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Posted October 3, 2019

WEX Wet Weather Driving

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Now that summer is officially over, the fall equinox will certainly bring increased days of wet weather. According to AAA, wet pavement is a contributing factor to nearly 1.2 million traffic accidents each year. And data from the Federal Highway Association asserts that rain and wet pavement account for the majority of fatalities over any other weather-related condition. Now is a perfect time – while weather conditions are still fairly mild across the nation – for fleet managers to remind their drivers of the dangers of wet weather driving. Follow this helpful guide for some wet-weather driver training tips to keep drivers and vehicles safer on wet roads.

 

Pre-Trip Inspection

It’s often said that driver safety begins before getting behind the wheel. Whether or not required by law, fleet drivers should conduct an inspection of their fleet vehicle before driving. This is to make certain that the vehicle is ready to perform optimally and that it’s compliant to regulations. But this inspection becomes even more important during adverse weather. AAA suggests that a goal for a wet-weather inspection is to ensure that the driver and vehicle can, “see and be seen.”

 

Wet Weather Vehicle Inspection

  1. Ensure windshield wipers are in good working order and that they’re not leaving any streaks that may impede the driver’s vision.
  2. Inspect running lights, brake lights, taillights, and headlights to ensure they are working and clearly visible.
  3. Check for adequate tread depth and tire pressure. Measuring tread depth can be accomplished easily by using a quarter. If, after inserting the coin into the tread of the tire, the top of Washington’s head is visible, it’s time to replace the tires (anything under 2/32” requires replacement). For more information on checking tread depth and tire pressure, click here.

 

Slow and Steady Wins the Race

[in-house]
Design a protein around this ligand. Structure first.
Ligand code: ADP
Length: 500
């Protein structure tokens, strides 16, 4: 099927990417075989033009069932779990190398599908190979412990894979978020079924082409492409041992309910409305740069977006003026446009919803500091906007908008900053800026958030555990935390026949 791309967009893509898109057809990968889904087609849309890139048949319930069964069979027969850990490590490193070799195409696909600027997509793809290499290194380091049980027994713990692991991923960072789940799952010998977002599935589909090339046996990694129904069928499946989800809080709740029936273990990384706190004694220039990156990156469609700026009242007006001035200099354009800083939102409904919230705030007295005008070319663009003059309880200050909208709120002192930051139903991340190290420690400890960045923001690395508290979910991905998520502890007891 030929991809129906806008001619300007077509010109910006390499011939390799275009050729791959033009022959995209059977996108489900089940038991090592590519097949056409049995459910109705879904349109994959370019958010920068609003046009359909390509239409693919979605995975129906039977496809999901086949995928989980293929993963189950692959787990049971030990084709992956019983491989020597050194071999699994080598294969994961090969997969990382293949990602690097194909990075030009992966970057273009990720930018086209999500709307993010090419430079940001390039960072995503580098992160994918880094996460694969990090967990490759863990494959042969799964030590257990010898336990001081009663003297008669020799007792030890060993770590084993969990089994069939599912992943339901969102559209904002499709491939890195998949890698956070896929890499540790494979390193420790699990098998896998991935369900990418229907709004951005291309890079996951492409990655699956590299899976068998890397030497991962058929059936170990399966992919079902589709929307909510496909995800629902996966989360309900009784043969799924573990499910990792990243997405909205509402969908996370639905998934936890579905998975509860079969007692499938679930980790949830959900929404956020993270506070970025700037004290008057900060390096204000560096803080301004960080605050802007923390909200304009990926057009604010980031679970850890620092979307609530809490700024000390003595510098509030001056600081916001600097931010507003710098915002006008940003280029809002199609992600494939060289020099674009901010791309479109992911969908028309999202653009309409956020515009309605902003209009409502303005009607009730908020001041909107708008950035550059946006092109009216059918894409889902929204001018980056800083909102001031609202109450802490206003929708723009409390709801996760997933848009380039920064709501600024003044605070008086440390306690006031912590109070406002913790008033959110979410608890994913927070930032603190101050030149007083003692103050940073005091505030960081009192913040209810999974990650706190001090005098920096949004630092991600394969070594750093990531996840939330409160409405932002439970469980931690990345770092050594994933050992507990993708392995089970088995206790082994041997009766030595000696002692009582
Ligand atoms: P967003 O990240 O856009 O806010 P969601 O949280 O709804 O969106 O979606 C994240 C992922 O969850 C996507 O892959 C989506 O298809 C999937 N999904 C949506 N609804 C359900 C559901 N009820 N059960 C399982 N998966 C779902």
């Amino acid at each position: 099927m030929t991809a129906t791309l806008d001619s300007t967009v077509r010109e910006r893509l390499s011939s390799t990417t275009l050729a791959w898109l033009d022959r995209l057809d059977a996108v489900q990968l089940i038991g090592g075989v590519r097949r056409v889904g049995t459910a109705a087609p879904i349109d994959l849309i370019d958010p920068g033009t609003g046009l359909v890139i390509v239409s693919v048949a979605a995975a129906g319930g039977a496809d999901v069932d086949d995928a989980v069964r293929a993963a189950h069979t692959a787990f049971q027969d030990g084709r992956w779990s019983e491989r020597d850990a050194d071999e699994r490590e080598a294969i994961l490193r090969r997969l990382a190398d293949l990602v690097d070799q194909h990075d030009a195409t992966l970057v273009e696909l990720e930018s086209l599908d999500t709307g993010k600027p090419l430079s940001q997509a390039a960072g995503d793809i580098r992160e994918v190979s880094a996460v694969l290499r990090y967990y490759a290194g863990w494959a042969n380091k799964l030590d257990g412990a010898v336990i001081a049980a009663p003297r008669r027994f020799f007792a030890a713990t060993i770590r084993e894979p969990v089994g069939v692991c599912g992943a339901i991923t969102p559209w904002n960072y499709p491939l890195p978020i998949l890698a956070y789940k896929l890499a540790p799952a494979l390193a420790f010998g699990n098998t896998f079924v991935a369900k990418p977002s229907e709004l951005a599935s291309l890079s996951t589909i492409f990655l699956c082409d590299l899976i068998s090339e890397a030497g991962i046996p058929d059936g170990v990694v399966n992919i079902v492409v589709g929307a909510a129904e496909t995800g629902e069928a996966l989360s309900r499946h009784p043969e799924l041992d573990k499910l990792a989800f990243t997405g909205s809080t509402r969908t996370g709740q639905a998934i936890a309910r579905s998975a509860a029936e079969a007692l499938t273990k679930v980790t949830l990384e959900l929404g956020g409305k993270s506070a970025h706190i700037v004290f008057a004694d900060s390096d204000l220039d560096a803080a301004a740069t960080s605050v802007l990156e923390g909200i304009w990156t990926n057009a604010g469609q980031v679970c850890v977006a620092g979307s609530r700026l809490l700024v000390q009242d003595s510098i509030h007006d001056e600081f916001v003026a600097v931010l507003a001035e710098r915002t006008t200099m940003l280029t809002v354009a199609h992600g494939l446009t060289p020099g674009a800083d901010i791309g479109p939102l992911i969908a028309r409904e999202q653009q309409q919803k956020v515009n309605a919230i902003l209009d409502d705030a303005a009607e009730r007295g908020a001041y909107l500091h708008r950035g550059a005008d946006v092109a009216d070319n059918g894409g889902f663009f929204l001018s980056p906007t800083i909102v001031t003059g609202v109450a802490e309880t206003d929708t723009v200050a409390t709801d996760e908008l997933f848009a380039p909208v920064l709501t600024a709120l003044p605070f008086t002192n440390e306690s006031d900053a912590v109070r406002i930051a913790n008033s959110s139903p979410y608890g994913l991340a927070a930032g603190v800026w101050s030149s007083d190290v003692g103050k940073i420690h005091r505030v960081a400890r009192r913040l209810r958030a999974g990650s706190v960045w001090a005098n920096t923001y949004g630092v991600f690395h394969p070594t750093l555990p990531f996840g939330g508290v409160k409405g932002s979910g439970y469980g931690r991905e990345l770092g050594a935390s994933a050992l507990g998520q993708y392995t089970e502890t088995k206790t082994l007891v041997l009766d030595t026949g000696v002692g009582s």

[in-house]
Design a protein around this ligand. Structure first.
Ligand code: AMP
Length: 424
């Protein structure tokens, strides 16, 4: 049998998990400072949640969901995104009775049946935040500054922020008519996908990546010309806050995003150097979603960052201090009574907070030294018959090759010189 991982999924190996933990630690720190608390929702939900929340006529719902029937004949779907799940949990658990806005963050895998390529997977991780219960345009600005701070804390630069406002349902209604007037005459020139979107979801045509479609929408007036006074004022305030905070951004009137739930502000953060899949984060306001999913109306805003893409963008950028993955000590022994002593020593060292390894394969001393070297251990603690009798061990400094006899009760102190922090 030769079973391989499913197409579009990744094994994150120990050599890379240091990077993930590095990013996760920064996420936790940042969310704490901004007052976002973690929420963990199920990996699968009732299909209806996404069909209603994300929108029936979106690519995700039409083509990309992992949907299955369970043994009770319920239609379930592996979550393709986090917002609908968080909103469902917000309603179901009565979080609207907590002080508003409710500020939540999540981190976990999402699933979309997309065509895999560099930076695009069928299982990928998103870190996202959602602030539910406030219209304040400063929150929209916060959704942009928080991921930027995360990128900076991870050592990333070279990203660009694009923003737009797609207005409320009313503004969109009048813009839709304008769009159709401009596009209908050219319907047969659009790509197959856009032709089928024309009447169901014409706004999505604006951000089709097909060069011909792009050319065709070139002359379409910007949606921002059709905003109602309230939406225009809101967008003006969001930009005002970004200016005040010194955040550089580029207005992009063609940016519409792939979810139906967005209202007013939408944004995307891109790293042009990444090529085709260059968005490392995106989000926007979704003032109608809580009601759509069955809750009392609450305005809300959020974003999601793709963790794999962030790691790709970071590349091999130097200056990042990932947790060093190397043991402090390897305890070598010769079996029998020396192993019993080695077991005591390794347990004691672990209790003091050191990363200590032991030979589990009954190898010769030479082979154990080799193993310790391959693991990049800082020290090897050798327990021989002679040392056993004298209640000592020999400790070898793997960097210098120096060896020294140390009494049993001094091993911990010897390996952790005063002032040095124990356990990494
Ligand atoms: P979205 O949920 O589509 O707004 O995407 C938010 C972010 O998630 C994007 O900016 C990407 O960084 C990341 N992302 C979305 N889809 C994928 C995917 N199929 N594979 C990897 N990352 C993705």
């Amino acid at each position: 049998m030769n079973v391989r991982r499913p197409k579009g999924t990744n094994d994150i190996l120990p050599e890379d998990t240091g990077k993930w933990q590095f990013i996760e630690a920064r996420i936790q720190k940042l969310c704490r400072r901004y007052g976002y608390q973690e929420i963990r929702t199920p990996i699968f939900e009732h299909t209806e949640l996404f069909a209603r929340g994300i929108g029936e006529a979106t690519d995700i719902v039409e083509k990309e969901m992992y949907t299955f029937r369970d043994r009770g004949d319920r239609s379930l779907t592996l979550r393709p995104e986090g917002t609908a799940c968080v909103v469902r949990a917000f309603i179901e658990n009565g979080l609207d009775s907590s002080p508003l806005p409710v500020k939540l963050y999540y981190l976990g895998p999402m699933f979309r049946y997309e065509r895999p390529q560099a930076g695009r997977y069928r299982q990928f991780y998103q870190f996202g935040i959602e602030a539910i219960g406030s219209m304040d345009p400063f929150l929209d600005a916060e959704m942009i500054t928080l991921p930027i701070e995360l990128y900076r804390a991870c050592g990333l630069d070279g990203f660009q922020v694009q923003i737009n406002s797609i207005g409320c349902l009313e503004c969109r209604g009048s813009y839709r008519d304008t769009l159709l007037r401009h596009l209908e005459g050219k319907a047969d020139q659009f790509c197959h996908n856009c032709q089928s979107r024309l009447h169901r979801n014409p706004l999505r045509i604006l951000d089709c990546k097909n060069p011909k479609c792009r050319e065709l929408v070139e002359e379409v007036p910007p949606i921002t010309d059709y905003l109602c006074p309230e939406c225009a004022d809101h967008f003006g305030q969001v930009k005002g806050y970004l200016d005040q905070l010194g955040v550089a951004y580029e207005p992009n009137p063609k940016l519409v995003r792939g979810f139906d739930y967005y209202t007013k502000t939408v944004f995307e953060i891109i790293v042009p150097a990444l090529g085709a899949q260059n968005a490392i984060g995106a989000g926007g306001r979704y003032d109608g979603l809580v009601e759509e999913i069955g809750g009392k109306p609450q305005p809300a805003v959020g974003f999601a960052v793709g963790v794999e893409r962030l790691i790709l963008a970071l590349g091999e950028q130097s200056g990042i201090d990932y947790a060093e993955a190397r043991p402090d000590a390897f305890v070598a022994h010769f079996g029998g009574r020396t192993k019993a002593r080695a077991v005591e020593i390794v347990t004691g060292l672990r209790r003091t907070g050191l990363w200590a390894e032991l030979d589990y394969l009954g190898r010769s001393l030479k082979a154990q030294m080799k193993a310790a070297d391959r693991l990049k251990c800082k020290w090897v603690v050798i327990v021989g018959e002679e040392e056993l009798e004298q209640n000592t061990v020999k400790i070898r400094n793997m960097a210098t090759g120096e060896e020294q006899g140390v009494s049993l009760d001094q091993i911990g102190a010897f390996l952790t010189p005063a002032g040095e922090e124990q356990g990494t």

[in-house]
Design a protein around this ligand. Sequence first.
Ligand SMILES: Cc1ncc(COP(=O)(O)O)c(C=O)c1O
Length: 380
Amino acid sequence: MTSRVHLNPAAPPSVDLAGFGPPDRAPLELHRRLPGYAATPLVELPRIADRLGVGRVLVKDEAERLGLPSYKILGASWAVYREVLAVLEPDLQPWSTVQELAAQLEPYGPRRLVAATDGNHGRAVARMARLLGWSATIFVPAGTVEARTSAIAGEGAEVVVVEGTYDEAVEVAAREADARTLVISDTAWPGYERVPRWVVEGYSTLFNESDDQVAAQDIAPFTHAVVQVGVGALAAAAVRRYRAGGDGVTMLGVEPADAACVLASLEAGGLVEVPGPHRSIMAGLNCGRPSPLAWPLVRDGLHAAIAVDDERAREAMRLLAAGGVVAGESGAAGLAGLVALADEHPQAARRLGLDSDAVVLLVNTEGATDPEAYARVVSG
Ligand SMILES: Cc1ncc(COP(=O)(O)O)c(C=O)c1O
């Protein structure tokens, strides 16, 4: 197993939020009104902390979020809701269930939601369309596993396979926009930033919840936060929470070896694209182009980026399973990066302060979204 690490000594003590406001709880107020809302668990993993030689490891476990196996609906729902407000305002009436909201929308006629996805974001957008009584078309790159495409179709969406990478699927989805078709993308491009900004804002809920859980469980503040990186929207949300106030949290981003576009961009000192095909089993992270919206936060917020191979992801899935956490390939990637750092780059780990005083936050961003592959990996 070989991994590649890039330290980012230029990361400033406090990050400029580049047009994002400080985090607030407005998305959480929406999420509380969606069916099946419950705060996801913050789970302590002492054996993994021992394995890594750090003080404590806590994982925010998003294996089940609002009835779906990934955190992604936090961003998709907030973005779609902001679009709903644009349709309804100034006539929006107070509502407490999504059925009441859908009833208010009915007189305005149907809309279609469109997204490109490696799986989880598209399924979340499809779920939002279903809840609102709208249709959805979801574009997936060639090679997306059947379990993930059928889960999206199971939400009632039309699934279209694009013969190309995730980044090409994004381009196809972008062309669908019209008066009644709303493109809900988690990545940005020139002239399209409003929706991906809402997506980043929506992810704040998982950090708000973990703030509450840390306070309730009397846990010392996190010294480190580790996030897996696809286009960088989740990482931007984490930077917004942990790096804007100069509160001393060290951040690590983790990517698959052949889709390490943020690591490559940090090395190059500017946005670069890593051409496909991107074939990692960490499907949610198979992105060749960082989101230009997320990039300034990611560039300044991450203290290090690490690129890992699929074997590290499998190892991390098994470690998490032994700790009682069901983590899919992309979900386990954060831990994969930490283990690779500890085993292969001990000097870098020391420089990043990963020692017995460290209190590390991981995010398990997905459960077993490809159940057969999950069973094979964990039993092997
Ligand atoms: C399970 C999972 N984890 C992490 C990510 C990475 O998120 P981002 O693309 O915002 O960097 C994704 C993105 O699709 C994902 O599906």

During the first few minutes of a rainstorm, rainwater can mix with oil residue on the road to create very slippery conditions causing the vehicle to aquaplane. And just a thin layer (1/10”) of water between the tire and the pavement can cause a vehicle to hydroplane. Both of these conditions may result in a loss of control of the vehicle. Slowing down and leaving plenty of space between vehicles is key to keeping the rubber on the road. Literally.

 

Steering

Keeping a vehicle from aquaplaning or hydroplaning during rain depends on the friction between the tire and the pavement. Sudden jerks of the steering wheel can disrupt this friction and reduce the ability to steer or brake. Careful and measured movements of the wheel will give you the best chance of avoiding loss of control during wet weather. AAA recommends steering into the tracks created by the motorist in front. The water displaced by their tires leaves less water to displace thereby increasing traction and decreasing the chance of hydroplaning. For additional info and methods of steering through a loss of traction, click here.

 

Braking

As with sudden changes in direction, sudden and hard applications to the brakes may cause the tires to lose traction. Furthermore, when brakes become wet, they may operate differently than in dryer conditions. They may pull in one direction or lock up causing the vehicle to skid. If this happens, let off the brakes and then reapply pressure gently or tap them lightly. The friction will dry them quickly and they should quickly begin to work properly again. For more information on braking during wet weather, click here.

 

Cruise Control

AAA strongly advises against using cruise control at all during wet weather. This is because avoiding a skid or hydroplaning sometimes requires that a driver lift off the accelerator rather than apply the brakes. Furthermore, when braking is needed, the vehicle begins to slow at the moment the foot leaves the accelerator. This very brief moment of slowing before braking may provide the crucial extra moment needed to avoid a loss of traction or collision.

 

Stay Prepared and Keep a Cool Head

Helping fleet drivers to stay mentally prepared and ready to calmly respond during a crisis is key. Skidding, sliding, and hydroplaning are all possible during wet weather driving conditions. Proper training along with calm and measured responses will keep fleet vehicles and drivers safer during wet weather. So, as fall wet weather approaches, make sure to provide fleet drivers the tools and training needed to keep the rubber side down and the shiny side up.

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